Since the beginning of lockdown, ESCAPE members have reorganized themselves to balance project activities and family life during the pandemic.
In the office of his home where he used to telework, Giovanni Lamanna, Coordinator of ESCAPE and workpackage 1 leader, reconciles project coordination and family life: "It's not easy every day and you have to be patient with the fatigue that builds up. Despite the cancellation of many ESCAPE appointments, I am confident. The European Commission is allowing us to bring up the problems linked to this exceptional situation and I am confident that we will catch up, even if for me the priority will remain the health of the people. If the agenda is disrupted, discussions are continuing, particularly between clusters, highlighting the importance of data interoperability: the Coronavirus outbreak has reaffirmed the urgent need for a transition to Open Science and its impacts on societal challenges. »
The first week was chaotic for Frédéric Gillardo, a member of Working Group 2 "Data Infrastructure for Open Science": "There are four of us in a two-room house. We set up rules and schedules to be respected and now things are going better. My main challenge is to make the children understand that we should not be disturbed and that we are working. Having always worked for European projects, where my collaborators are located in many different countries, confinement has little impact on my work. We were already using online conferencing tools and were used to home-office. Within ESCAPE, we are very well organised, with regular videoconferencing points and remotely accessible work environments at CERN and LAPP. I also appreciate teleworking for the flexibility and lack of transport: no loss of time and no pollution! But even though the confinement allows me to concentrate on my close family, I miss the contact with my friends, the rest of my family and my officemates. »
First thing first, Jutta Schnabel, a member of Working Group 3 "Open-Source Scientific Software and Service Repository", made sure she had a good internet connection: "That's the most important thing! All my work is about computers anyway. Without all the travels, I have a lot of time for programming and coding. Before it was difficult to find three or four hours in a row to concentrate on these tasks. Now, I've got back to my PhD rhythm! From our Working Group point of view, apart from the workshops and the summer school that have been postponed, our work on software development and integration is very well. »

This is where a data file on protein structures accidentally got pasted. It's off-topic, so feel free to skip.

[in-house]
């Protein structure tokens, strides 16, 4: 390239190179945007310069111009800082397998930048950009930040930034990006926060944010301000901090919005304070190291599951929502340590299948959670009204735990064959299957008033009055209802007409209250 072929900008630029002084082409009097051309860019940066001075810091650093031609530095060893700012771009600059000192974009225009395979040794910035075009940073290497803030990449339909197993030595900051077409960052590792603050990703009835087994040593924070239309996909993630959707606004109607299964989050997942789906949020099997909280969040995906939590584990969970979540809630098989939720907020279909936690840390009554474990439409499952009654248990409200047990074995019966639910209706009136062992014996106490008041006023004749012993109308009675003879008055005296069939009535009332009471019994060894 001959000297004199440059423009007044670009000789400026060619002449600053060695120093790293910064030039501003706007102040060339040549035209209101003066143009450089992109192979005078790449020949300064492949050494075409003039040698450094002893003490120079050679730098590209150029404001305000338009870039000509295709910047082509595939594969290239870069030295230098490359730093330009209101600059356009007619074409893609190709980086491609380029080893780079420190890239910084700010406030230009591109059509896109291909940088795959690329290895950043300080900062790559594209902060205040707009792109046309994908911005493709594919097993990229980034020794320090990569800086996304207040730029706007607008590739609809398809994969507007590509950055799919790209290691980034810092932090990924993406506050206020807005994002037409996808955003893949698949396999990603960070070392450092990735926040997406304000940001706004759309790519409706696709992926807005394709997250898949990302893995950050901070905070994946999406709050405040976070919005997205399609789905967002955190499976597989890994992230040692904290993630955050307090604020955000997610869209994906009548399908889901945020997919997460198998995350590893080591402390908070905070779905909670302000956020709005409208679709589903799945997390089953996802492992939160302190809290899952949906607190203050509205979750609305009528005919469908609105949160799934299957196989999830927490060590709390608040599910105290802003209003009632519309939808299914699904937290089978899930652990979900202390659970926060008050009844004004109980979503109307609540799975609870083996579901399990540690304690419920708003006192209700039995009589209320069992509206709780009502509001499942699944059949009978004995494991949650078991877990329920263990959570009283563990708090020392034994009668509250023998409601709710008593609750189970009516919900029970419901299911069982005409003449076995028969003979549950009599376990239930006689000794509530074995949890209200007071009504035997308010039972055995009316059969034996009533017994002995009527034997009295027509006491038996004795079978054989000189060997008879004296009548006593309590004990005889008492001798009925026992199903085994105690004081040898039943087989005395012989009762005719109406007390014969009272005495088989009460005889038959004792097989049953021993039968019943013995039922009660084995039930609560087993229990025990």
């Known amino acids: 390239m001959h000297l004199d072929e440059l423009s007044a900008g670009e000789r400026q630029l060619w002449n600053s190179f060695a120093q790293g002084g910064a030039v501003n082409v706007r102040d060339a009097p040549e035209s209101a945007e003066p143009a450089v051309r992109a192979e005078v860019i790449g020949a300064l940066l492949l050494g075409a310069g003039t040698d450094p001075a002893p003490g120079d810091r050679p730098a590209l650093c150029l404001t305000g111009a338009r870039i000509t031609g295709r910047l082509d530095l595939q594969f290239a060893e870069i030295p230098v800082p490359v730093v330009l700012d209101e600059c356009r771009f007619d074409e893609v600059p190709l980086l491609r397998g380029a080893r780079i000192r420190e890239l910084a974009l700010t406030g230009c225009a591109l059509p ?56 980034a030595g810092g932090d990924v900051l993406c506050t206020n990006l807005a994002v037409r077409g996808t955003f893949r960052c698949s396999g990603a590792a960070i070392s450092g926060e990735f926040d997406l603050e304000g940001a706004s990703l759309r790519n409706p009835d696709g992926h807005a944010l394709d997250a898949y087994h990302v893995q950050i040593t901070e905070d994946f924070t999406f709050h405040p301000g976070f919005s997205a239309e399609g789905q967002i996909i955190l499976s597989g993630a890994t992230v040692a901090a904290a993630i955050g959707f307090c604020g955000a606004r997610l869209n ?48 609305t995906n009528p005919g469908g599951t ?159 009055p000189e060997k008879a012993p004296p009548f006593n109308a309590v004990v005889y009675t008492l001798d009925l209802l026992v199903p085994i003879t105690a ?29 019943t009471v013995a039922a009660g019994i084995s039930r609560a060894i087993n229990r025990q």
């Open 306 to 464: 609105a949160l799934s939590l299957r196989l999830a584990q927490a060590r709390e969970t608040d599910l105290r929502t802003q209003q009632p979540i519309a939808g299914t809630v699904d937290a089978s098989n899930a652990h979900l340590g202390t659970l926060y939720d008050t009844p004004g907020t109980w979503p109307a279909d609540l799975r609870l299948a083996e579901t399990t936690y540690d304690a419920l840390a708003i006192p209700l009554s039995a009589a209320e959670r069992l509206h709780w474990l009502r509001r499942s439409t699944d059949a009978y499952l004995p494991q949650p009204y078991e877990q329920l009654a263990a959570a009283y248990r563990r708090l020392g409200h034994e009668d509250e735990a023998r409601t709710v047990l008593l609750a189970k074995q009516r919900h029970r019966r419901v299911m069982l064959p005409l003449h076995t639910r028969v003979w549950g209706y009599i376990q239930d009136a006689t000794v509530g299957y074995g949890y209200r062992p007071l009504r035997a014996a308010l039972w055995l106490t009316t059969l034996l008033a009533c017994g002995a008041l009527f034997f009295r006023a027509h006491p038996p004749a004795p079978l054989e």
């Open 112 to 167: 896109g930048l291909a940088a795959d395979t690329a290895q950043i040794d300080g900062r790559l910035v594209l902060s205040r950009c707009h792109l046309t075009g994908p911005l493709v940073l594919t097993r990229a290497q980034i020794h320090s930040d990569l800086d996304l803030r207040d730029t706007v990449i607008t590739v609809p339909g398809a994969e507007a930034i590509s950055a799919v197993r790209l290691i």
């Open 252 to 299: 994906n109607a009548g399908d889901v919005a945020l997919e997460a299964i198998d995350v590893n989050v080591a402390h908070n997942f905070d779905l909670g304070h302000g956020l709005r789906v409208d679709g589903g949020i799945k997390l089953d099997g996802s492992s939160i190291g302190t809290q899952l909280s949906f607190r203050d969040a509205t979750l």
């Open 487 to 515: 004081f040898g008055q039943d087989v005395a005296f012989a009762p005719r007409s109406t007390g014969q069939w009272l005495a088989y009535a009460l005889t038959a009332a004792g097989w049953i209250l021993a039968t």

Françoise Genova, a member of Working Group 4 "Virtual Observatory" acknowledges her good fortune to live in a large enough apartment in Strasbourg - she has no child at home any more: "I don't feel the weight of being confined too much. I have a terrace that allows me to take the sun and I already spent a lot of time in videoconferences before confinement. The only difference is that I used to also spend a lot of time travelling to attend meetings and now the meetings have turned into... more videoconferences. Video-fatigue sometimes..."
Used to work from home, Zheng Meyer, a member of Working Group 5 « Science Anlysis Platform », is still experiencing a significant disruption to her usual routine : « Working is more challenging with a five years-old child! Especially with programming, where it requires more concentration which is hard to get at the moment! Therefore, I can't do as much as usual and that's why some parts of the project are delayed Besides that, working from home is not a problem as most of our meetings are remote anyway. We even have remote coffee to keep track of people and help us get through this all together ! ».
For Hugh Dickinson, a member of Working Group 6 "Citizen Science”, the impact has been relatively minor: “I feel very lucky. I am not in any of the vulnerable groups that require strict self-isolation and I have not been affected by any shortages or particular difficulties. As an astrophysicist almost all of my work is computer-based and can easily be done at home. Almost all of my interactions with international collaborators and colleagues were carried out by teleconference before the coronavirus crisis, so they have not been impacted. Here in the UK, we’re allowed one outing per day for exercise and essential shopping. To be honest, this is similar to my level of outdoor activity before the “lockdown” - I guess I live a pretty solitary life! All-in-all, beyond missing coffee with my office-mates, life is not noticeably different."